Last spring I wrote about a credit union that changed the terms of their existing CDs. The institution in question was Fort Knox Credit Union in Radcliff, KY. Today, I want to follow up on that story and provide an update.
The change in this case was an increase in the early withdrawal penalty on all CDs with terms of 24 months or longer. They wound up raising the penalty from 90 days of interest up to a full six months. Ouch. From the bank’s (or credit union’s) perspective, this change helps to mitigate the risks associated with customers breaking their CDs early when rates rise.
From the consumer’s perspective, this change effectively decreases the interest rate of your CD if you decide to break it early. Not good if you’ve been hedging your bets by buying long-term CDs with the intent of cashing them in if/when rates rise.
According to a recent article over at DepositAccounts, at least one Fort Knox CU customer lodged a complaint with the NCUA, but the NCUA ruled against the customer because Fort Knox had reserved the right to change terms with 30 days written notice.
To be clear, customers still had the option of breaking their CDs under the old terms, but they had to do so within that 30 day window. If they waited, the new policy would have gone into effect, and the penalty would have already doubled from 90 days to six months.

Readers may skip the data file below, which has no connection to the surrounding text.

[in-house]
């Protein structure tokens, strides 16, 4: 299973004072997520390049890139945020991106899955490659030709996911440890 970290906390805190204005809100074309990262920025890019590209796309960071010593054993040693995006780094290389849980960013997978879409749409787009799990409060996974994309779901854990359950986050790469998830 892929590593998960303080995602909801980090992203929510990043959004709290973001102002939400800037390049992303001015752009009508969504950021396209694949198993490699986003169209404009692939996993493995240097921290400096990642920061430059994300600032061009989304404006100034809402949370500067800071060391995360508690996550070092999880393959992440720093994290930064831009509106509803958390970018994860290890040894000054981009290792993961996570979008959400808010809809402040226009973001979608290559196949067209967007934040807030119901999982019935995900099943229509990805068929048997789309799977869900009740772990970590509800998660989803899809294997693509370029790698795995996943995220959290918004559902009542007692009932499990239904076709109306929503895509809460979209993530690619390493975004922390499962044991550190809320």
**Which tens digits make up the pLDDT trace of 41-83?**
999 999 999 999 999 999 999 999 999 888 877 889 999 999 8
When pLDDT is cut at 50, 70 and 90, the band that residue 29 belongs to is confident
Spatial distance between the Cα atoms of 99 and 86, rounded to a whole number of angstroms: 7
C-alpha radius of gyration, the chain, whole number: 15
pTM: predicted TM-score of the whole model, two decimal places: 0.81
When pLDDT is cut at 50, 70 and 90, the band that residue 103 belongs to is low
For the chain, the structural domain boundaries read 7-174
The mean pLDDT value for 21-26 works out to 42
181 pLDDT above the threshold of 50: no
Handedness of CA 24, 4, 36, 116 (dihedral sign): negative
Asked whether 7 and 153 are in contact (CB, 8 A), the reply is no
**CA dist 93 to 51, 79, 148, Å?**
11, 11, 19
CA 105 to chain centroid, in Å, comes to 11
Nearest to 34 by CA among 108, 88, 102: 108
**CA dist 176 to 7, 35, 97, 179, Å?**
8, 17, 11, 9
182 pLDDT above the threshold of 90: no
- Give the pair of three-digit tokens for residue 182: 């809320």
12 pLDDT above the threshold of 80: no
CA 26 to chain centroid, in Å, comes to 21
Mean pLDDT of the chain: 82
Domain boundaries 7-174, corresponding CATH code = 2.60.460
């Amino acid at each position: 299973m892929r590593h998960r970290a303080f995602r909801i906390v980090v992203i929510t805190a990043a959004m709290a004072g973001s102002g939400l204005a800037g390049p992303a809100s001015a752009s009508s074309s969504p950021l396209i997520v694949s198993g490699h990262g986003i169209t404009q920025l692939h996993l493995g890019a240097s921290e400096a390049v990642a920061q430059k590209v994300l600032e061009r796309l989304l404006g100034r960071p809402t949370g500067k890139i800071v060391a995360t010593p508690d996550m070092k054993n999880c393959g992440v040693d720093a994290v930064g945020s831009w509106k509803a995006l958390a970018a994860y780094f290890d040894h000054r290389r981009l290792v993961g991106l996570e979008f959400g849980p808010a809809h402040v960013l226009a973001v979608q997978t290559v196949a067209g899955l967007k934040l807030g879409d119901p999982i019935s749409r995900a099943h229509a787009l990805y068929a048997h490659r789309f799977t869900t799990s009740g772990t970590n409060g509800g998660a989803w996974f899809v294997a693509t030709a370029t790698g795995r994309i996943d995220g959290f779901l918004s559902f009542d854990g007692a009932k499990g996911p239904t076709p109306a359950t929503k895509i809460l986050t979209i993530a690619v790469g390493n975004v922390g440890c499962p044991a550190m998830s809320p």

In contrast, most other banks (including BofA, PenFed, and OneWest) have only applied such changes to newly-issued CDs, and have left existing CDs alone. Whether or not this practice of changing the rules on existing CDs will spread remains to be seen. But I, for one, certainly hope that it doesn’t.
4 Responses to “Can Banks or Credit Unions Increase CD Early Withdrawal Penalties?”
I think that this is an extremely rare occurrence. Most credit unions as well as banks have more deposits than they need. My credit union started offering penalty free withdrawals, on existing certificates, back in the spring.
However this credit union should not have been able to change the terms on existing accounts.
Trav: I doubt most people read the fine print — and I’d be willing to bet that you’d find language to this effect with most CDs if you did read the terms.
Who in their right mind would buy a CD that reserved the right to change its terms during the life of the CD?
So let me get this straight. Originally they had a penalty of 90 days of interest if you withdrew early.
Then they changed the penalty to six months interest. And this was all predicated by a clause in the original CD indicating they had the right to change the terms as long as they gave 30 days notice.
So in essence, if you were unhappy with the change in terms, you were forced to take the original 90 day penalty to avoid the possibility of a future longer six month penalty?
That does seem shady to me. I guess at the end of the day you ‘bought’ a CD that had a 30 day change notice clause. So you have to bear the consequences of that. But it does seem awful shady. That is just the sort of practice that laws or regulations should prevent.